Leveraging Healthcare to Promote Responsive Parenting: Impacts of the Video Interaction Project on Parenting Stress
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We sought to determine impacts of a pediatric primary care intervention, the Video Interaction Project, on 3-year trajectories of parenting stress related to parent–child interactions in low socioeconomic status families. A randomized controlled trial was conducted, with random assignment to one of two interventions Video Interaction Project (VIP); Building Blocks or control. As part of VIP, dyads attended one-on-one sessions with an interventionist who facilitated interactions in play and shared reading through review of videotaped parent–child interactions made on primary care visit days; learning materials and parenting pamphlets were also provided to facilitate parent–child interactions at home. Parenting stress related to parent–child interactions was assessed for VIP and Control groups at 6, 14, 24, and 36 months using the Parent–Child Dysfunctional Interaction subscale of the Parenting Stress Index—Short Form, with 378 dyads (84 %) assessed at least once. Group differences emerged at 6 months with VIP associated with lower parenting stress at three of four ages considered cross-sectionally and an 17.7 % reduction in parenting stress overall during the study period based on multi-level modeling. No age by group interaction was observed, indicating persistence of early VIP impacts. Results indicated that VIP, a preventive intervention targeting parent–child interactions, is associated with decreased parenting stress. Results therefore support the expansion of pediatric interventions such as VIP as part of a broad public health strategy to address poverty-related disparities in school-readiness.
KeywordsParenting stress Parent–child interactions Intervention Toxic stress Child development
We would like to note that this study was presented in part at the Pediatric Academic Societies Annual Meeting, May 2012 in Boston, MA. We are grateful to many additional individuals who contributed to this project, including Melissa Acevedo, Jenny Arevalo, Nina Burtchen, Hannah Goldman, Jennifer Elizabeth Lee, Pamela Kim, Andrea Paloian, Daniela Romero, Melissa Tunik, Jessica Urgelles, Linda Votruba, Lisa White, Margaret Wolff and Brenda Woodford. We would especially like to thank the parents and children who participated in this research project.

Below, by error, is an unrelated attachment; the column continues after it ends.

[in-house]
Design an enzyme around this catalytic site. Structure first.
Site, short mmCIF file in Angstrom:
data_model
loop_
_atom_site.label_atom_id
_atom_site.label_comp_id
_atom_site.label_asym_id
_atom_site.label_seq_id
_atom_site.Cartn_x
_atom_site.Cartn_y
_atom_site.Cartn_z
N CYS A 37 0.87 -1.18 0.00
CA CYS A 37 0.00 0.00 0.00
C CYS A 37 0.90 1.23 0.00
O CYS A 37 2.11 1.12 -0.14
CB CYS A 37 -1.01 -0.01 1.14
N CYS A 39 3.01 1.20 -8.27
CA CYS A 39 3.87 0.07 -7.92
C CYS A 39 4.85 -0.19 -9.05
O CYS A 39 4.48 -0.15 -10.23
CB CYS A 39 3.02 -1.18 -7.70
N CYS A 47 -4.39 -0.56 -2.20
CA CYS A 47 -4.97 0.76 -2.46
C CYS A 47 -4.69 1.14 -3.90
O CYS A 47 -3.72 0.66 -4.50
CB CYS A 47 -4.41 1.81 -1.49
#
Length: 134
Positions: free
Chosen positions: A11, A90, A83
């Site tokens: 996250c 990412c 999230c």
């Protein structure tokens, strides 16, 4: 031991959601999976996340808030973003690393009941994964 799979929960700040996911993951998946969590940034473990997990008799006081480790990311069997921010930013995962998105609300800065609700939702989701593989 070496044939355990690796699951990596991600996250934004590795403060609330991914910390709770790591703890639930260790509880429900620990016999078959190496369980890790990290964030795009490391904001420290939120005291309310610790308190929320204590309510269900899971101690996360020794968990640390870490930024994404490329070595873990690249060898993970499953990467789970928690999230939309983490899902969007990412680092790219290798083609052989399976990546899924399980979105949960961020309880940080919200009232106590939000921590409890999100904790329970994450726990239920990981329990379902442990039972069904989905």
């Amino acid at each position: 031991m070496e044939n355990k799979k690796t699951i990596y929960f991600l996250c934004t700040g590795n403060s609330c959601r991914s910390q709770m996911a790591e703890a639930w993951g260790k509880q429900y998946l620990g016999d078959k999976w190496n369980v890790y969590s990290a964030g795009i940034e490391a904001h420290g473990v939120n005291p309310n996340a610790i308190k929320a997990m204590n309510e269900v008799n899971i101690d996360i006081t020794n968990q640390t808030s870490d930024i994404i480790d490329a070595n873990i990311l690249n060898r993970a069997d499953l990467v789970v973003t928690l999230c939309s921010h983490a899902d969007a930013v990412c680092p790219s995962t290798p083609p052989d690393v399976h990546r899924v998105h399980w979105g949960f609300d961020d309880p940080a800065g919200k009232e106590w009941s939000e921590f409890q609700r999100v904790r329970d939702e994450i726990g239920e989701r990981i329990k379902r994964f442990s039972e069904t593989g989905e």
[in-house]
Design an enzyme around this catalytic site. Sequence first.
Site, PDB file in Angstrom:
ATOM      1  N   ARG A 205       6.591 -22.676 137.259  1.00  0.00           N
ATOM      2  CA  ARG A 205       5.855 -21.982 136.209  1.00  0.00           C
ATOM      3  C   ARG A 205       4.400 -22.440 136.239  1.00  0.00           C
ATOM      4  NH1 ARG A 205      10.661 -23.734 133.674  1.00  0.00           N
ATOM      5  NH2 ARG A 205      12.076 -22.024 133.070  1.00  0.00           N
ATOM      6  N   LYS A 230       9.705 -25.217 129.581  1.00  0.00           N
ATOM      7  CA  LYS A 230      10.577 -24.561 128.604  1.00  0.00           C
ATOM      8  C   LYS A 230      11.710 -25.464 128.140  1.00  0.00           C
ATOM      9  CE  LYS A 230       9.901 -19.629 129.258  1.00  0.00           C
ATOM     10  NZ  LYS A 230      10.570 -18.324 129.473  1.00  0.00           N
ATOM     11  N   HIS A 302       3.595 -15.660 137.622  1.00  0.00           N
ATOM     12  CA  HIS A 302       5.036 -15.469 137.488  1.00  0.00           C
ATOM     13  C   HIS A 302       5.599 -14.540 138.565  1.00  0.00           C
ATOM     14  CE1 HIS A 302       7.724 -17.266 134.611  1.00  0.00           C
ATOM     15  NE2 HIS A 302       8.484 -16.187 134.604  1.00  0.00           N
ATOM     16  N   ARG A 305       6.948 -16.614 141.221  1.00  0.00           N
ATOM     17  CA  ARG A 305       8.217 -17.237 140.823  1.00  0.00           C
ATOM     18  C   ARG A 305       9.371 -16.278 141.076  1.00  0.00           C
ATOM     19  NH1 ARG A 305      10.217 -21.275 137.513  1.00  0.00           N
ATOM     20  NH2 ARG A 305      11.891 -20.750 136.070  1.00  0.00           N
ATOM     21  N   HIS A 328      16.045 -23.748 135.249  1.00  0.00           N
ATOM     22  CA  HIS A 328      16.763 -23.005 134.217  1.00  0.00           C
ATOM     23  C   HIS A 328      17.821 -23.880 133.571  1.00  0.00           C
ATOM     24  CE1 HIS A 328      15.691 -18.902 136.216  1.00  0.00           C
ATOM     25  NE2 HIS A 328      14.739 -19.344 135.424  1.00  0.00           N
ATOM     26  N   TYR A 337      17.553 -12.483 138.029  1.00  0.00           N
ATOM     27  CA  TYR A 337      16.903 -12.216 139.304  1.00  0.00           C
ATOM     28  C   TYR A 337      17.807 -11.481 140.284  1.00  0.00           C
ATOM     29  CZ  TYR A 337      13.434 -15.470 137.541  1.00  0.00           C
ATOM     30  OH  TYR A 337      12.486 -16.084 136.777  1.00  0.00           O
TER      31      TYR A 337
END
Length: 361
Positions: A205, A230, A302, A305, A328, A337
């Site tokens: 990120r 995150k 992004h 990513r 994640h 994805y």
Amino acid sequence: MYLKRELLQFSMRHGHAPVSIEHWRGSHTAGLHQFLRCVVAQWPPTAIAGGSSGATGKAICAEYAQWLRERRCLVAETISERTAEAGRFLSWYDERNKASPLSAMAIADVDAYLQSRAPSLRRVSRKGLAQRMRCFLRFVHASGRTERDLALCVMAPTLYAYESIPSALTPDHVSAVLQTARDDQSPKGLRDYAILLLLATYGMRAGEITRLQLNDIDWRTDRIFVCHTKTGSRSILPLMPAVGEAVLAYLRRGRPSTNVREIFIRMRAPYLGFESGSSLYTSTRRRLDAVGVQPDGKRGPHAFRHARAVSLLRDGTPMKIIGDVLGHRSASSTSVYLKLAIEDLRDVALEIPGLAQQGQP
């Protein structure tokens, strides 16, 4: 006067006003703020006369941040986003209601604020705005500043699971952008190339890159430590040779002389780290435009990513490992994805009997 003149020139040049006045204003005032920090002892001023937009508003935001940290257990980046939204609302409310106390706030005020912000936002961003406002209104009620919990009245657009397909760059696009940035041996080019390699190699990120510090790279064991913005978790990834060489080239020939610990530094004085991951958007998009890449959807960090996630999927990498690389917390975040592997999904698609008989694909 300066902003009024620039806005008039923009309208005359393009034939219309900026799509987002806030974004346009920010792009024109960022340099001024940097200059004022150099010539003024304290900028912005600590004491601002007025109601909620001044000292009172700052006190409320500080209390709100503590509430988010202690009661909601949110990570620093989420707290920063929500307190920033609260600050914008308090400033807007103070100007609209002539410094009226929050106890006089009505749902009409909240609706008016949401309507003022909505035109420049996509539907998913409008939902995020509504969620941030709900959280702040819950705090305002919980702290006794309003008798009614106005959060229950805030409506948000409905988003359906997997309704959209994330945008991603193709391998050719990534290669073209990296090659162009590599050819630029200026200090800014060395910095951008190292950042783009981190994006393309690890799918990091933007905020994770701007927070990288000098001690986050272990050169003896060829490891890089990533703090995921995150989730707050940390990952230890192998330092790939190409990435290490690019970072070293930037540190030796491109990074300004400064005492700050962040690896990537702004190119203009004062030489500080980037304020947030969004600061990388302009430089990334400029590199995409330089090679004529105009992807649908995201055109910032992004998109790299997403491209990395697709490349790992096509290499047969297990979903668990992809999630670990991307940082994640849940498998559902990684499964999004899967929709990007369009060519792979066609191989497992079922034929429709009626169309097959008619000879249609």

This work was supported by the National Institutes of Health/National Institute of Child Health and Human Development (‘‘Promoting Early School Readiness in Primary Health Care’’ [R01 HD047740 01-08 and Supplement 3R01HD047740-08S1], and “An RCT of a Low-Intensity Intervention to Reduce Delay“ [R01 HD40388 01-04]), the Tiger Foundation, the Marks Family Foundation, the Rhodebeck Charitable Trust, the Academic Pediatric Association/Commonwealth Fund Young Investigator Award Program, Children of Bellevue, Inc, and KiDS of NYU Foundation, Inc.
Compliance with Ethical Standards
Conflict of interest
The authors declare that they have no conflict of interest.
All procedures performed in studies involving human participants were in accordance with the ethical standards of the institutional and/or national research committee and with the 1964 Helsinki declaration and its later amendments or comparable ethical standards. This article does not contain any studies with animals performed by any of the authors.
Informed consent was obtained from all individual participants included in the study.
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